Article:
Blog : Posts tagged with 'church'

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Photo Post Of The Week

Another camera-equipped wander around the city


More weekend jaunts around Bristol.

Eroded wall, Southville Alleyway Bridge rail, Wapping Road, Bristol
Yachts, Floating Harbour, Bristol Holy Trinity Church, Hotwells Vauxhall Bridge, Bristol

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Arthurian

In which we visit Cornwall


This June was originally going to be Photo Month on this site, given the oodles of photos I took on holiday. Unfortunately, I took so many photos on holiday,* I still haven’t managed to sort through them all yet.

Here’s a few, to be going on with. The Tintagel area. I have more to write about Tintagel.

Medieval arch, Tintagel Souterrain-like tunnel, Tintagel Beach, Tintagel
Beach, Tintagel Church, Tintagel

* 803 in total

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The churchgoer in the street

In which major international issues do not disturb the local parish


Given that today, in the news, there’s rather a lot about the slowly-growing and now likely forthcoming schism in the Anglican church, I thought I’d ask the average churchgoer in the street about it. Well, the average churchgoer who is also my mother, at any rate. She’s a fairly average “active” Anglican, though. She’s white, middle-class, female, edging towards elderly, lives in a commuter village, and goes to church every week. She’s a Sunday School teacher, has organised the parish’s Christian Aid collections, sings in an ecumenical Christian parish singing group,* and generally is far more active and puts more effort into religion than most churchgoers, never mind the huge percentage of Anglicans who tick the relevant box on the census but never cross the threshold of a church for anything other than weddings and funerals.

So, I said: “what are you going to do if the church splits in two? Is anyone going to leave St. Nick’s over it?”

Her answer: “What split?”

“You know, the one that has been rumbling for the last few years.” I tried to explain how the rather homophobic Peter Akinola is a figurehead for a group of largely-American homophobic conservatives, who do not like the Archbishop of Canterbury and have been threatening for some time to lead a schism, sometimes in the hope of bending him to their will, sometimes apparently meaning it.

“I’ve not heard about any of that,” she said. “We don’t talk about that sort of thing at church. That’s nothing to do with us.”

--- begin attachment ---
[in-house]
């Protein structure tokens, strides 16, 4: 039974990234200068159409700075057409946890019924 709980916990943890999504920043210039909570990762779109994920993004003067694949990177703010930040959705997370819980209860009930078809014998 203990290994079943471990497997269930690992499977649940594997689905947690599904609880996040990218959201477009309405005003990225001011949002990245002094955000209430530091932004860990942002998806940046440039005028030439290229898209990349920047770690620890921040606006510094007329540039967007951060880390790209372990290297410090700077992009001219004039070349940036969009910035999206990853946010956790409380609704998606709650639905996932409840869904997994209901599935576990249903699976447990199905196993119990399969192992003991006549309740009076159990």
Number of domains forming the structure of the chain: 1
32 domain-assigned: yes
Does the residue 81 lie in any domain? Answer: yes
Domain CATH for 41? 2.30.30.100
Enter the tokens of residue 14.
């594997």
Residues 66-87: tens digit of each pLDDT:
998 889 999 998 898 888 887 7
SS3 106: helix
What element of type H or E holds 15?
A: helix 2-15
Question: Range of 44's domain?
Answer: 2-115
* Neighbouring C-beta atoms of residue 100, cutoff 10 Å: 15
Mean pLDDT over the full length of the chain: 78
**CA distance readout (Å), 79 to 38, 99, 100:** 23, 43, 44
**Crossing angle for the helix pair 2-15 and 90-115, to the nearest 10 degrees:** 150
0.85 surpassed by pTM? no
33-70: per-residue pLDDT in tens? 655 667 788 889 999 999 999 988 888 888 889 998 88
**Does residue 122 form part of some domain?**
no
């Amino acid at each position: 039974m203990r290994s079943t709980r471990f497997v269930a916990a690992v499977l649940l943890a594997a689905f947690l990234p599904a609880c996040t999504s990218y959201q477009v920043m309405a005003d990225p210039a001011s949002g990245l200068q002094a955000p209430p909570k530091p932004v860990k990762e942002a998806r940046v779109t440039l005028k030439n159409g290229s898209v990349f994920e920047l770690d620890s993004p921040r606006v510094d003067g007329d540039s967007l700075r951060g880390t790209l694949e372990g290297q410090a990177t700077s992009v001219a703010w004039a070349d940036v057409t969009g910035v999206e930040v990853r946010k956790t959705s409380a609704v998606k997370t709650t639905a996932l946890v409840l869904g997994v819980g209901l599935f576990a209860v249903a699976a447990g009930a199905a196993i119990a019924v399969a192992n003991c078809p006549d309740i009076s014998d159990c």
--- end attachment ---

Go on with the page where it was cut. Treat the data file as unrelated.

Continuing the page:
So, there you have it. I don’t think The Mother is particularly ignorant. As I said above, I think she’s probably less ignorant than your average churchgoer is likely to be, because she takes a very active interest. But to her, the politicking of a motley band of Americans and Africans isn’t important. An earthquake in Lambeth Palace isn’t important. The Second Coming occurring in the Lady Chapel of our parish church probably wouldn’t disturb most of the congregation, so long as it didn’t disrupt the Mothers Union or the bellringers, and everyone still got a cup of tea (or coffee) after the Sunday communion service. For your average English Anglican, dogma is something you recite during the service without really listening or understanding. It certainly isn’t something to get all argumentative about.

* where “ecumenical” means “Anglican and Methodist”, because they’re the only churches in the village. I’m not sure what they’ll do if those often-suggested plans to subsume British Methodists within Anglicanism ever make much progress.

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Interlude

In which we’re Barking


As a prelude to next week’s run of posts about my trip to W and P’s wedding at the weekend: here’s some photos of picturesque Barking.

River Roding River Roding Barking Abbey

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Problem

In which Jesus has gone missing from our lives!


My mother is rushing around tonight in a bit of a panic. Being a regular churchgoer, and church organiser, Christmas is obviously a busy time of year for her. Tonight, though, the mother and all the other church organisers are all rushing round in a panic, searching all the cupboards at the church, searching each other’s houses and attics, searching and searching and saying to each other: “well, where did you last see them?”

Being a church, they have to have a nativity scene in one of the side chapels off the nave. It’s all set up already, with the stable and the animals. Mary and Joseph get added on Saturday, I think, and then the Baby Jesus on Sunday morning.* At the moment, though, there’s a slight problem. Well, a major problem, when it comes to setting up your nativity scene. The Holy Family have gone missing.

* Or possibly at Midnight Mass – not being a believer myself I’m not sure on the details.

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